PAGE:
Paladin drops his current seduction, to instead kill a husband and marry the rich widow. That's his cover for the assignment from husband Haskel, who reads a chilling message between the ...
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Paladin drops his current seduction, to instead kill a husband and marry the rich widow. That's his cover for the assignment from husband Haskel, who reads a chilling message between the lines in his drop-dead wife's personals ad: she's had it with being a trophy. She wants Haskel's head over the mantle now. When Paladin arrives at the couple's ranch, there's a long line of willing applicants already. Written by
A rich ranch owner named Haskell (Lawrence Dobkin, looking strikingly like the old Charles Foster Kane in "Citizen Kane") comes to Paldin in San Francisco with a newspaper ad: a widow is looking for a husband and wants prospective husbands to come by and be interviewed. The twist is the woman is Haskell's wife! The lovely Gerladine Brooks plays Tansen Haskell, who is trying to find a man who'll kill Haskell so he can marry her and get Haskell's rich estate. Haskell ends up hiring Paladin to get him back safely to the ranch--but thinks Paladin might also kill him to get Tansen.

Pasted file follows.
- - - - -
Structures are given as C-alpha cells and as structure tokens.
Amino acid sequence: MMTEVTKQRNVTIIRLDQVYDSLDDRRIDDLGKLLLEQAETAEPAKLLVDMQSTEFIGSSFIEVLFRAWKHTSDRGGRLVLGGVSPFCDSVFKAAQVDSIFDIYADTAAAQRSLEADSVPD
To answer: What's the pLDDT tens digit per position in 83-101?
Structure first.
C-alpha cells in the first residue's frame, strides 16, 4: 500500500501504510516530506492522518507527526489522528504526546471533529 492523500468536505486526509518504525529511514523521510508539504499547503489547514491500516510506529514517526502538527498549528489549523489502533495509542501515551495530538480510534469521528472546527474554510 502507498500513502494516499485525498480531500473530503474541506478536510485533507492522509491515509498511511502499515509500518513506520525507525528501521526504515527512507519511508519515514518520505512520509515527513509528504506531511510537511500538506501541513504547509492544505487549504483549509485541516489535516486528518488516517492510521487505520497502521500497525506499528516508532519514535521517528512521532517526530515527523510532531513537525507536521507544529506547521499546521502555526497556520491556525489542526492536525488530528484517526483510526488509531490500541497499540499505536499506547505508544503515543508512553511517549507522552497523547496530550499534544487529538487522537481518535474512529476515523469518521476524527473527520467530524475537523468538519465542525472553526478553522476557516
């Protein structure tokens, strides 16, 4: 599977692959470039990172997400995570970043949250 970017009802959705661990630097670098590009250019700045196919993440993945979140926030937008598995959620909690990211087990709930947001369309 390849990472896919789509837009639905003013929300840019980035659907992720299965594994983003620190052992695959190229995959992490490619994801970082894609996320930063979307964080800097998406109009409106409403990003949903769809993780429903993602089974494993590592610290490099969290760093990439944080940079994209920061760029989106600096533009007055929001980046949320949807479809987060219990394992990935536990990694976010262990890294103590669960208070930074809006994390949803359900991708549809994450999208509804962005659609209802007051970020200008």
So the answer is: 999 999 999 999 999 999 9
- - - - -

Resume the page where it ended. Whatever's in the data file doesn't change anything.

Excellent story with plenty of action. Boone displays a lot of disdain for both Haskell and his wife. His final scene with Tansen has a feel of the final scene of "Maltese Falcon" between Bogart and Astor (the movie was reportedly one of Boone's favorites).
Batjak John Wayne regular Ed Faulkner shows up as one of the gunman hoping to kill Haskell and win Tansen and her money, and the Loring estate from the previous episode "Misguided Father" also shows up in this as the home of the Haskells.
Dobkin is good as Haskell, but it's just odd that they made him up to look so much like Charles Foster Kane. But that's about the only drawback (or odd choice) in this enjoyable episode.
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